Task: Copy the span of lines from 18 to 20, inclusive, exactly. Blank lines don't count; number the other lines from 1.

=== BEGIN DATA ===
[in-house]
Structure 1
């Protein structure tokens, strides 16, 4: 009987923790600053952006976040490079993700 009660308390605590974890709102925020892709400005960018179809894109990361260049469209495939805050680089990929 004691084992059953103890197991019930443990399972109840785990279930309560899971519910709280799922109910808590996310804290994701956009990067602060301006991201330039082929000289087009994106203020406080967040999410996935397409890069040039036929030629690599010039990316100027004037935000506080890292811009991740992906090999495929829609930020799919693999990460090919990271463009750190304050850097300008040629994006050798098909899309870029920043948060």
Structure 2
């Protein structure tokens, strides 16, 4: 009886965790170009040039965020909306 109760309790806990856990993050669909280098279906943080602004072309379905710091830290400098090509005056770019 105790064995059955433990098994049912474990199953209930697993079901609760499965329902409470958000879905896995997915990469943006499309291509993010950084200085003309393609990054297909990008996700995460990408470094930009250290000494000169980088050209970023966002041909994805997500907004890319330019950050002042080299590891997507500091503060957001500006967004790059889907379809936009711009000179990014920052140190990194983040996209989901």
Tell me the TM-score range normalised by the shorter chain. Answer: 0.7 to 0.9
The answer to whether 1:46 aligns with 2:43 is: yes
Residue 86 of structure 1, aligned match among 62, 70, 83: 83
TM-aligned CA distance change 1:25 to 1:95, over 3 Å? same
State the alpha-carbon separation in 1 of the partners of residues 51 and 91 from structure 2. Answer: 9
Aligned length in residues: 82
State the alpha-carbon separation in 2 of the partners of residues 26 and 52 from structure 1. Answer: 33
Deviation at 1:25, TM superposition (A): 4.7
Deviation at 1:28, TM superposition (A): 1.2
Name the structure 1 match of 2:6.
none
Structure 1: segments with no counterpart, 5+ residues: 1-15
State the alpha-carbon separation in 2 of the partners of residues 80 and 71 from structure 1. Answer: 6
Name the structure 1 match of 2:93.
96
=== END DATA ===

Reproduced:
State the alpha-carbon separation in 2 of the partners of residues 80 and 71 from structure 1. Answer: 6
Name the structure 1 match of 2:93.
96